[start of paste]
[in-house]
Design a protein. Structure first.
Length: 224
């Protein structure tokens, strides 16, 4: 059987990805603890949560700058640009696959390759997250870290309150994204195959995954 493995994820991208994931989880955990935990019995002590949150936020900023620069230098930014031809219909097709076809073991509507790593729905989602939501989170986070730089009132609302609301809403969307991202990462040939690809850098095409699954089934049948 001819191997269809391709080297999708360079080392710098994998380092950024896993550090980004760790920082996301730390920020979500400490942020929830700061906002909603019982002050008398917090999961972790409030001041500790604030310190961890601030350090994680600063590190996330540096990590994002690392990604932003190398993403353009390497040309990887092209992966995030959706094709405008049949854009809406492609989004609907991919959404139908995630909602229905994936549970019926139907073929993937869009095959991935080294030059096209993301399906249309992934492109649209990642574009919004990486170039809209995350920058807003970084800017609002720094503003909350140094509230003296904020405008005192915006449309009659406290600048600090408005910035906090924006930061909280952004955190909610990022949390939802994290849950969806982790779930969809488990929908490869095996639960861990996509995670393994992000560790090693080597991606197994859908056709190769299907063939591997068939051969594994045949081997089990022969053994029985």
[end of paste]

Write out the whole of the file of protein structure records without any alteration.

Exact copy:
[in-house]
Design a protein. Structure first.
Length: 224
């Protein structure tokens, strides 16, 4: 059987990805603890949560700058640009696959390759997250870290309150994204195959995954 493995994820991208994931989880955990935990019995002590949150936020900023620069230098930014031809219909097709076809073991509507790593729905989602939501989170986070730089009132609302609301809403969307991202990462040939690809850098095409699954089934049948 001819191997269809391709080297999708360079080392710098994998380092950024896993550090980004760790920082996301730390920020979500400490942020929830700061906002909603019982002050008398917090999961972790409030001041500790604030310190961890601030350090994680600063590190996330540096990590994002690392990604932003190398993403353009390497040309990887092209992966995030959706094709405008049949854009809406492609989004609907991919959404139908995630909602229905994936549970019926139907073929993937869009095959991935080294030059096209993301399906249309992934492109649209990642574009919004990486170039809209995350920058807003970084800017609002720094503003909350140094509230003296904020405008005192915006449309009659406290600048600090408005910035906090924006930061909280952004955190909610990022949390939802994290849950969806982790779930969809488990929908490869095996639960861990996509995670393994992000560790090693080597991606197994859908056709190769299907063939591997068939051969594994045949081997089990022969053994029985």